As a parent of a child with Down syndrome and as a woman with a disability, I straddle two worlds: the community of people with disabilities and the community of parents of kids with disabilities. Add to that the fact that my main disability is deafness, and I am in a whole ‘nother sub-community within the disability spectrum. The deaf, you see, don’t usually integrate much with other people with disabilities. A lot of deaf people won’t even consider themselves as having a disability – but that’s another blog post.
It wasn’t easy growing up, deaf. But sometimes I’m not sure how much of it was being deaf and how much of it was growing up as a missionary child, moving every few years in countries that my parents were completely foreign to. Growing up a 3rd Culture Kid isn’t often easy. Growing up, point blank, isn’t always easy, either, is it?
But the point I’m trying to make is that I did it. I made it. I went through the shit-storm of my adolescence, the rage, the self-harm, the abuse, the self-esteem that was so low it literally hurt me. I walked through all of that – and it took me something like twenty years to develop a thin scab that protected my heart, my hurt. I was healing, and in the protective embrace of the proud and strong disabled community of Berkeley, I found my own ground.
I found strength in the disabled community, a sense of pride in who I am, in and of myself.
I am deaf. And I have PTSD and TBI. I don’t live my life overcoming these things; I live my life on the platform of these things. Which is to say, the way that I perceive the world – both in how I hear as well as in the ways of my brain – is the framework upon which I move in my life. It might be different from your framework, but I don’t need to overcome my own framework to try and make it more like your own framework, do I? Nor does anyone with a disability. We all have our own frameworks and those very frameworks may or may not include a disability but they all help us to experience our lives in a uniquely marvelous way.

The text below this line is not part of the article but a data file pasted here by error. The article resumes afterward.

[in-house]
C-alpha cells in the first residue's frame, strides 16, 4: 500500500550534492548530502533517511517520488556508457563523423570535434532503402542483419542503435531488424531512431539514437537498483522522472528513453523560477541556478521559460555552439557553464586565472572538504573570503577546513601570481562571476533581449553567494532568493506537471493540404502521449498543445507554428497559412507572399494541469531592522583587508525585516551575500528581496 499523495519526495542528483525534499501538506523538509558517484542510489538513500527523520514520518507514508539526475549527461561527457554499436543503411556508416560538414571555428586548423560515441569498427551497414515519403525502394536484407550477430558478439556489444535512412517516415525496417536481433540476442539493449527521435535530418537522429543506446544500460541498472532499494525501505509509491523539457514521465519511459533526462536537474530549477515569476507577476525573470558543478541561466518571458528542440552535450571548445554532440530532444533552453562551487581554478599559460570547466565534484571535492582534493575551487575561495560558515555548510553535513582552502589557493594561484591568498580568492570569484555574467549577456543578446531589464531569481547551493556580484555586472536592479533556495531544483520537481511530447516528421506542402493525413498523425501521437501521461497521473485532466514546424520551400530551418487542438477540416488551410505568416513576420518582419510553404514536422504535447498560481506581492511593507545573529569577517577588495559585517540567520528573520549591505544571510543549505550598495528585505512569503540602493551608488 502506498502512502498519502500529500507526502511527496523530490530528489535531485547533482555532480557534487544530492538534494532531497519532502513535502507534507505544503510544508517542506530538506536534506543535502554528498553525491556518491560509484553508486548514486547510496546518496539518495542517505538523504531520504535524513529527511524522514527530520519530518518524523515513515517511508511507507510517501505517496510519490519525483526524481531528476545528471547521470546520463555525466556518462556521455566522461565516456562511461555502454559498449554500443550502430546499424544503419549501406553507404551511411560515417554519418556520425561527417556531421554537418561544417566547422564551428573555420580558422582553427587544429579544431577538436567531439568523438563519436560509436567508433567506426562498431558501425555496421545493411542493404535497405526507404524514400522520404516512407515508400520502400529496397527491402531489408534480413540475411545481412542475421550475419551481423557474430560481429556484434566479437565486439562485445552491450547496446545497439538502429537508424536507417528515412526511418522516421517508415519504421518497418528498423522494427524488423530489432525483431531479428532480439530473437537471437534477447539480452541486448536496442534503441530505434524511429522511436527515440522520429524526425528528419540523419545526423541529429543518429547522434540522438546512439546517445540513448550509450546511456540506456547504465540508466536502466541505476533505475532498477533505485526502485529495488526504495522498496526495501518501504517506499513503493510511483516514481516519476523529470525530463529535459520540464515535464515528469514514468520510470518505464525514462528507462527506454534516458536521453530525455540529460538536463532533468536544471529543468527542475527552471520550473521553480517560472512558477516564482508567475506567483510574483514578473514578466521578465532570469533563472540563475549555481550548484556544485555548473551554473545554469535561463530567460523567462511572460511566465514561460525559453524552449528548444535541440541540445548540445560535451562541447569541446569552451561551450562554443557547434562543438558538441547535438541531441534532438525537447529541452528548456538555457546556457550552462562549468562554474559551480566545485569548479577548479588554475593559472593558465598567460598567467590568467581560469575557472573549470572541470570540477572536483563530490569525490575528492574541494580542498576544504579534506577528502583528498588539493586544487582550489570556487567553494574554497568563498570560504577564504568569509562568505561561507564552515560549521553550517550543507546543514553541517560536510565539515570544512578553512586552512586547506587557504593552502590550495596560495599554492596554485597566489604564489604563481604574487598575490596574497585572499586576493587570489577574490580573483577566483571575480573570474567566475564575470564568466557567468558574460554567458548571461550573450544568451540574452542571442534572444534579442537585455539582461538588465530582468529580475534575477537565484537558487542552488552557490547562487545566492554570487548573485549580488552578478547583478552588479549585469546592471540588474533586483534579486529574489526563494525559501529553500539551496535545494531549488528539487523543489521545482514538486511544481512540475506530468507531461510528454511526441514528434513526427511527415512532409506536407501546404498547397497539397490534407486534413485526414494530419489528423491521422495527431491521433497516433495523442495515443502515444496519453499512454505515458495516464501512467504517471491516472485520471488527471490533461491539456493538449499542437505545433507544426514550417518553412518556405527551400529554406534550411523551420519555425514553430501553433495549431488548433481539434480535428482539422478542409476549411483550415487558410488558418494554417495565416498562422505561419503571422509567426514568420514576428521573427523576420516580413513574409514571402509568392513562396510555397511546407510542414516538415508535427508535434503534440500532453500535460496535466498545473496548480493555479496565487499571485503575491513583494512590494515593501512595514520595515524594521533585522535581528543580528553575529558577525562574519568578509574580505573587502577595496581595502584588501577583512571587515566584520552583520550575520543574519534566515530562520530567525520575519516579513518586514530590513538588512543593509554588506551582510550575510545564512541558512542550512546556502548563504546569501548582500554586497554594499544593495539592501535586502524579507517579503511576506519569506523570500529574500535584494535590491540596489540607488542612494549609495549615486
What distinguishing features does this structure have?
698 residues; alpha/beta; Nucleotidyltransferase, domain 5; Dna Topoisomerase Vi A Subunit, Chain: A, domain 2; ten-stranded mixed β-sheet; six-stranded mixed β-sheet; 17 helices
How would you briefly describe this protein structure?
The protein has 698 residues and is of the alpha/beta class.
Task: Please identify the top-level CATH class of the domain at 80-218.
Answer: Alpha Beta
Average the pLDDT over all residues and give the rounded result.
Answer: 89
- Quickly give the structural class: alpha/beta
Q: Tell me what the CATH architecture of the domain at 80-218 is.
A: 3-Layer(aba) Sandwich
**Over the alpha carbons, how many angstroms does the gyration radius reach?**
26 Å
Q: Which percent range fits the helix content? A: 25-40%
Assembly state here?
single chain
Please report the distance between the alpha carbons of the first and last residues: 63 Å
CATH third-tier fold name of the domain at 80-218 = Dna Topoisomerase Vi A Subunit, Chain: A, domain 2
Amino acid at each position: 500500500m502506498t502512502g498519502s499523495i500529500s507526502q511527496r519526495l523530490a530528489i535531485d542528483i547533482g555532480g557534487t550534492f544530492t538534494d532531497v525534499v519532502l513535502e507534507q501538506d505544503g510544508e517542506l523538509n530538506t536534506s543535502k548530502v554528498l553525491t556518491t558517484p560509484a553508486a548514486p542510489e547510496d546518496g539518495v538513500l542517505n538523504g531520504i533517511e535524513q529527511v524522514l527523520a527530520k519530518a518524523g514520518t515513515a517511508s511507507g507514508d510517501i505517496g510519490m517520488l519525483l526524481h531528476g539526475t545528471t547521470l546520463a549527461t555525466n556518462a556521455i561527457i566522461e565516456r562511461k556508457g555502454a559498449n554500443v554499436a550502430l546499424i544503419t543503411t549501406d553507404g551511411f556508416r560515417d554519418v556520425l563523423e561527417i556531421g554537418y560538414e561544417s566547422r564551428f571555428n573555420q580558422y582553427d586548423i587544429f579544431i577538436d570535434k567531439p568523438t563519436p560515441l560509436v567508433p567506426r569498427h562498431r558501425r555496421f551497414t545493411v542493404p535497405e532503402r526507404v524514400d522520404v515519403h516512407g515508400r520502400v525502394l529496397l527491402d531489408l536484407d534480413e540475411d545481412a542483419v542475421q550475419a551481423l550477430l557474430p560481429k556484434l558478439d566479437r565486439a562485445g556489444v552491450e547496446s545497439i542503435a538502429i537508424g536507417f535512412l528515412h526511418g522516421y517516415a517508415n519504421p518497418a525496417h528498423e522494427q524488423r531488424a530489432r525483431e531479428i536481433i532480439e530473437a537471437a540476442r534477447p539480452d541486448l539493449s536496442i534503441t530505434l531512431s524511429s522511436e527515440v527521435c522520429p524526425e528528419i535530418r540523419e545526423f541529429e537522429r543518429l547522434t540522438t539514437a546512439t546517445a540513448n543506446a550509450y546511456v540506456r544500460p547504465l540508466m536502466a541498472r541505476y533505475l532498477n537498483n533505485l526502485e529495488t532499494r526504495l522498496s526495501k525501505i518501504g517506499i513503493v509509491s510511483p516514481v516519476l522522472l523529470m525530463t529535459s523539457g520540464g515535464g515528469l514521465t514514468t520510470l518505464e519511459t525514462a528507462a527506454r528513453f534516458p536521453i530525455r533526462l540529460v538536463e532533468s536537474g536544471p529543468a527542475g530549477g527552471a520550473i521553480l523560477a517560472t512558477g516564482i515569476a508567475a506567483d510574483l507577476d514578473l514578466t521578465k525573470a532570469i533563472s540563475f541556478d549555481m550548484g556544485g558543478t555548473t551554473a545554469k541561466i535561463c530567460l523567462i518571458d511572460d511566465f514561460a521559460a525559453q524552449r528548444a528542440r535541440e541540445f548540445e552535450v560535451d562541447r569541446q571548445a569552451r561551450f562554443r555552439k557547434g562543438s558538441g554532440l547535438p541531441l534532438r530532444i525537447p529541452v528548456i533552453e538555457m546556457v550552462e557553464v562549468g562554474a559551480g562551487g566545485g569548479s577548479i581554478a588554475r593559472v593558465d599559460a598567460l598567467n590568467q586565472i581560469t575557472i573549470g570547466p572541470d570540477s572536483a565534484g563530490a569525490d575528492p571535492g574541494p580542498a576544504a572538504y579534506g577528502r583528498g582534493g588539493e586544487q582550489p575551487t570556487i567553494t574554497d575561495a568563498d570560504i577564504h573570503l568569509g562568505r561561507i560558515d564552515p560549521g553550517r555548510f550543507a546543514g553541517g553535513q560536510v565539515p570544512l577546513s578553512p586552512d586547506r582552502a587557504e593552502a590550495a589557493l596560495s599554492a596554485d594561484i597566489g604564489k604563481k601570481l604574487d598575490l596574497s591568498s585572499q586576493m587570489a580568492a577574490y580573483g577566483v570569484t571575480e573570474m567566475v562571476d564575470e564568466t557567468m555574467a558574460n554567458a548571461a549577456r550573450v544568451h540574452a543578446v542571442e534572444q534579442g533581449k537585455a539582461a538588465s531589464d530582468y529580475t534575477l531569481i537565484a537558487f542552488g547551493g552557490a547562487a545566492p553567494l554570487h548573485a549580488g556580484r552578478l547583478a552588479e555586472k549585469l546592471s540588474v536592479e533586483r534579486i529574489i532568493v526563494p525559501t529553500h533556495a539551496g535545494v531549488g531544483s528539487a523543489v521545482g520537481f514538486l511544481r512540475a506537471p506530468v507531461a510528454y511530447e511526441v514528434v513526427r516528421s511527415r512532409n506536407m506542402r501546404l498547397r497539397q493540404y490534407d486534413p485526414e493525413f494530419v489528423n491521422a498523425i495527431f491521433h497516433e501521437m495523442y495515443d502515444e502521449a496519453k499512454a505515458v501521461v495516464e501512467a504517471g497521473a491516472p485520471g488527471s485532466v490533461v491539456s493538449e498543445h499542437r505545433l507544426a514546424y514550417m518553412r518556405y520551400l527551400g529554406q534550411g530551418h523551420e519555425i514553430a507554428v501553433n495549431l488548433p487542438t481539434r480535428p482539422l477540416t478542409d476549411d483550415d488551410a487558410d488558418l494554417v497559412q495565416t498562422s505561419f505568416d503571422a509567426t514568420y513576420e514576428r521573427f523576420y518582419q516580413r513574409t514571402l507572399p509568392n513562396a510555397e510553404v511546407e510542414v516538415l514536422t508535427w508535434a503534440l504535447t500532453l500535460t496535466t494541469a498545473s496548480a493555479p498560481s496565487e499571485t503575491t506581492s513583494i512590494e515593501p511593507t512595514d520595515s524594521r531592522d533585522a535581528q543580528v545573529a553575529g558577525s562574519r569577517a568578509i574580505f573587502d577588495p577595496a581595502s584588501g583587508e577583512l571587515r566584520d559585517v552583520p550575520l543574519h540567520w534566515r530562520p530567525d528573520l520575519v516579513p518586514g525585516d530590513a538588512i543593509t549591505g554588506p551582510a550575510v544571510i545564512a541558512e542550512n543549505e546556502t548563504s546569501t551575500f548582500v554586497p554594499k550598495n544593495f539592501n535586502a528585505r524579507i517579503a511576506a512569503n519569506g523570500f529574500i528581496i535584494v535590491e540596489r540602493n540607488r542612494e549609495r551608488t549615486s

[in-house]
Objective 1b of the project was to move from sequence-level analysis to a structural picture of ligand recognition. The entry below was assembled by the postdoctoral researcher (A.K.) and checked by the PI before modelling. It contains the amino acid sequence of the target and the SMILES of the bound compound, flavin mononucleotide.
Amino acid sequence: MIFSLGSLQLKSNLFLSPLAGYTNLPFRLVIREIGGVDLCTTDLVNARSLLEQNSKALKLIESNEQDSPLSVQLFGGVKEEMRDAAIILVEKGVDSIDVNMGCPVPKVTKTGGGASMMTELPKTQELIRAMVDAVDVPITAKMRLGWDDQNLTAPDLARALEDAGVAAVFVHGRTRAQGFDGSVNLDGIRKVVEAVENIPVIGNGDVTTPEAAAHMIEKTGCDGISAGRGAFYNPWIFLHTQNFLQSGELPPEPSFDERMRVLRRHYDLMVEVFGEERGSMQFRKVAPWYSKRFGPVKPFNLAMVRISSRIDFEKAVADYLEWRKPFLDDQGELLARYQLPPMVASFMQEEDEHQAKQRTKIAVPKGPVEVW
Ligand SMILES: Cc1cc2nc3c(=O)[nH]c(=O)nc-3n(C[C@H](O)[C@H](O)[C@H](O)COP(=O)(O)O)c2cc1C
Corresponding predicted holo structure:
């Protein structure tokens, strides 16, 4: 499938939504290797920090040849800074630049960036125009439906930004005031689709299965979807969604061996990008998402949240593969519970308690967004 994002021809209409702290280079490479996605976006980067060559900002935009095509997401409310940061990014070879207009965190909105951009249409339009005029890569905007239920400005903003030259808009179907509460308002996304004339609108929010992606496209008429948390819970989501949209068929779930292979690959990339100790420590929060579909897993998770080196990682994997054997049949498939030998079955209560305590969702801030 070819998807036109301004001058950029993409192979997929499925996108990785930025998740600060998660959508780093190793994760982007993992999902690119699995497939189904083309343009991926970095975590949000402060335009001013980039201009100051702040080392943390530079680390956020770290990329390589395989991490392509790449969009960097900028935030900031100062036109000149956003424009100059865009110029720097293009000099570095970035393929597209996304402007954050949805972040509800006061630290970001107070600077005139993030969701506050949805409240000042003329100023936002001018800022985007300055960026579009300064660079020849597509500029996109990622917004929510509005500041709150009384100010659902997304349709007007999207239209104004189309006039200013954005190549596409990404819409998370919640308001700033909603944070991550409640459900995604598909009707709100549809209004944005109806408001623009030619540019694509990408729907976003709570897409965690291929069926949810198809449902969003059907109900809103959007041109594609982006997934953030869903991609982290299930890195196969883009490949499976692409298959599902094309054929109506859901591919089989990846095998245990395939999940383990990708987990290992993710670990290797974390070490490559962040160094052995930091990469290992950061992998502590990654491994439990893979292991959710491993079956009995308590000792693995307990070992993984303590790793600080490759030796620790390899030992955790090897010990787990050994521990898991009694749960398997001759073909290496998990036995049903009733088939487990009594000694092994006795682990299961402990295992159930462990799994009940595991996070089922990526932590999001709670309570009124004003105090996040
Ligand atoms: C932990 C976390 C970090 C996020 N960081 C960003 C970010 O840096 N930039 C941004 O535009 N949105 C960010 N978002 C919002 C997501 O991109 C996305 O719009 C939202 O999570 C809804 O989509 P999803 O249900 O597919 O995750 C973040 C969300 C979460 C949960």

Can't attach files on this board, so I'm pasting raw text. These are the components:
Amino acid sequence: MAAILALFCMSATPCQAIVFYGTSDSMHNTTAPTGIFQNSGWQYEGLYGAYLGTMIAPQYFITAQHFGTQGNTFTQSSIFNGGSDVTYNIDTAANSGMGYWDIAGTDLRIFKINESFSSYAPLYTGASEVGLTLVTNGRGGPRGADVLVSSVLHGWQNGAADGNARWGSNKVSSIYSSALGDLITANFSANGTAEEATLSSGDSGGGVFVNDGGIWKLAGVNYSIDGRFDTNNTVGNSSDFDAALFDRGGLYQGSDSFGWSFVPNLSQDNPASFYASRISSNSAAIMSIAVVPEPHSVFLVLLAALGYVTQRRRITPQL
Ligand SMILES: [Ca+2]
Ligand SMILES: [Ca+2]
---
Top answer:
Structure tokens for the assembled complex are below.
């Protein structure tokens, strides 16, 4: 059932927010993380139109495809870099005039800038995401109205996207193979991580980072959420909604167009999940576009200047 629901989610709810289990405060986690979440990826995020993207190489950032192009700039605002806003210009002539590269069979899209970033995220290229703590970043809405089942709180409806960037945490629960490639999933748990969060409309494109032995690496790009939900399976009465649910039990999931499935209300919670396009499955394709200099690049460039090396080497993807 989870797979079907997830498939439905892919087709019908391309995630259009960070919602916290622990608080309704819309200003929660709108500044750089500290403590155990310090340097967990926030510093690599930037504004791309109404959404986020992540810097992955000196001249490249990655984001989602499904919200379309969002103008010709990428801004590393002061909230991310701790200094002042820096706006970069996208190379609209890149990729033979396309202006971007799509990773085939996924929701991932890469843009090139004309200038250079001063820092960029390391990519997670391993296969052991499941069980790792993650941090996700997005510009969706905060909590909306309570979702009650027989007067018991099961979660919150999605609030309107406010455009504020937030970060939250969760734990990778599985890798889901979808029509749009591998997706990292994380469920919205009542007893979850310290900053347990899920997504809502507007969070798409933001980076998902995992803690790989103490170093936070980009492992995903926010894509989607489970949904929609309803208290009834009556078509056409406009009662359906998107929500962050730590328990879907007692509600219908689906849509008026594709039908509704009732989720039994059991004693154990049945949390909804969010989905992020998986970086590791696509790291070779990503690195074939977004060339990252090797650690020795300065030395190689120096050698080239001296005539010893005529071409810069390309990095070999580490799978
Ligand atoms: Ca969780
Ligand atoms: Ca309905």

In other words, I am deaf. My world functions wonderfully as a deaf person. I like being deaf. I don’t need to try and not be deaf in order to serve anyone else’s idea of what a good life is. I have my own good life. And my own good life includes being deaf.
I know for a fact that a great many people with disabilities have come to the exact same conclusion that I have, either after similar half-lifetimes of pain and disenfranchisement (or not). We realize at some point that we LIKE OURSELVES for who we are, that our disabilities enhance the way we experience our lives.
We realize that we don’t need to change, we never needed to; what needs to change is the way the world views disability.
The current viewpoint (either a burden and a lodestone or a hero who inspires others because of the ability to frickin’ blink) doesn’t serve the millions of people with a disability who want to work, receive an education, be married, have sex, be parents. It doesn’t serve the skill sets that people with disabilities have, it doesn’t recognize or use SO MUCH talent within the disability spectrum.
The current viewpoint seeks instead to mold people within the disability spectrum into the narrow confines of what is valued in society right here, right now. And that is totally outdated, useless, a waste.
Now, my daughter has Down syndrome, a disability that was utterly foreign to me before I had her. A disability that has been poorly understood for most of it’s known existence, and one in which it is rare for adults with the disability to form their own communities and collaboratives.
Parents within the Down syndrome community therefore, walk this line between endeavoring to advocate for their child with Down syndrome, trying to make the world more hospitable towards people with intellectual disabilities and helping to facilitate the expression of people with Down syndrome themselves. Stories – always a unique and powerful means of social change – are especially important in the intellectual disabled community, because they are a means of connecting, supporting and empowering one another.